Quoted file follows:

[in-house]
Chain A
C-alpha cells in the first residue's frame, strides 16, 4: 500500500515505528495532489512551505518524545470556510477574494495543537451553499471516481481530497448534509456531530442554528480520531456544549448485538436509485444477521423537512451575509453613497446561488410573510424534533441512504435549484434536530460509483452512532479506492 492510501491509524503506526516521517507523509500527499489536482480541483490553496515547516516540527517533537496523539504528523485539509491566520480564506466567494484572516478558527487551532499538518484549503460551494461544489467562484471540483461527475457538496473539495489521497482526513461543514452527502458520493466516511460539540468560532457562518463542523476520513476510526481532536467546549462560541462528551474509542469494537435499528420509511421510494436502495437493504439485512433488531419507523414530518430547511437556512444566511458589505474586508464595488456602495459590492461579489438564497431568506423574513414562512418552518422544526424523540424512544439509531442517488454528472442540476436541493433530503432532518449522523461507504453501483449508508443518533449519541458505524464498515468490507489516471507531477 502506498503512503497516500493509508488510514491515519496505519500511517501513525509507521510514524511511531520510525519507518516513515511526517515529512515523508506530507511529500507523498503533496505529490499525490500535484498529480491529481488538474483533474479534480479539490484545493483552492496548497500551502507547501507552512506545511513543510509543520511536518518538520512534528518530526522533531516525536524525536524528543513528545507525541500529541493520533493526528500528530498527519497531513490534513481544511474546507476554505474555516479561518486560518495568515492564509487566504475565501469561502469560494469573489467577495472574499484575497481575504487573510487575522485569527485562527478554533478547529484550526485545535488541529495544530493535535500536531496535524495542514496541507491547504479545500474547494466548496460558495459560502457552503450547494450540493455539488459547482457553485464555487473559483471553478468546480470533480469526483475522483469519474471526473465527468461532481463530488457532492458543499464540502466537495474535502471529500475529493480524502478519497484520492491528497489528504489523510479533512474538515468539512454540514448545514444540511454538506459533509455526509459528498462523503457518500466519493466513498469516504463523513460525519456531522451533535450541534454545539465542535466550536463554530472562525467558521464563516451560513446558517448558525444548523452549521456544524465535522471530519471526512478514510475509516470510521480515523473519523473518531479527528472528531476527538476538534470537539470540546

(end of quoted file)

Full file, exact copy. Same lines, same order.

[in-house]
Chain A
C-alpha cells in the first residue's frame, strides 16, 4: 500500500515505528495532489512551505518524545470556510477574494495543537451553499471516481481530497448534509456531530442554528480520531456544549448485538436509485444477521423537512451575509453613497446561488410573510424534533441512504435549484434536530460509483452512532479506492 492510501491509524503506526516521517507523509500527499489536482480541483490553496515547516516540527517533537496523539504528523485539509491566520480564506466567494484572516478558527487551532499538518484549503460551494461544489467562484471540483461527475457538496473539495489521497482526513461543514452527502458520493466516511460539540468560532457562518463542523476520513476510526481532536467546549462560541462528551474509542469494537435499528420509511421510494436502495437493504439485512433488531419507523414530518430547511437556512444566511458589505474586508464595488456602495459590492461579489438564497431568506423574513414562512418552518422544526424523540424512544439509531442517488454528472442540476436541493433530503432532518449522523461507504453501483449508508443518533449519541458505524464498515468490507489516471507531477 502506498503512503497516500493509508488510514491515519496505519500511517501513525509507521510514524511511531520510525519507518516513515511526517515529512515523508506530507511529500507523498503533496505529490499525490500535484498529480491529481488538474483533474479534480479539490484545493483552492496548497500551502507547501507552512506545511513543510509543520511536518518538520512534528518530526522533531516525536524525536524528543513528545507525541500529541493520533493526528500528530498527519497531513490534513481544511474546507476554505474555516479561518486560518495568515492564509487566504475565501469561502469560494469573489467577495472574499484575497481575504487573510487575522485569527485562527478554533478547529484550526485545535488541529495544530493535535500536531496535524495542514496541507491547504479545500474547494466548496460558495459560502457552503450547494450540493455539488459547482457553485464555487473559483471553478468546480470533480469526483475522483469519474471526473465527468461532481463530488457532492458543499464540502466537495474535502471529500475529493480524502478519497484520492491528497489528504489523510479533512474538515468539512454540514448545514444540511454538506459533509455526509459528498462523503457518500466519493466513498469516504463523513460525519456531522451533535450541534454545539465542535466550536463554530472562525467558521464563516451560513446558517448558525444548523452549521456544524465535522471530519471526512478514510475509516470510521480515523473519523473518531479527528472528531476527538476538534470537539470540546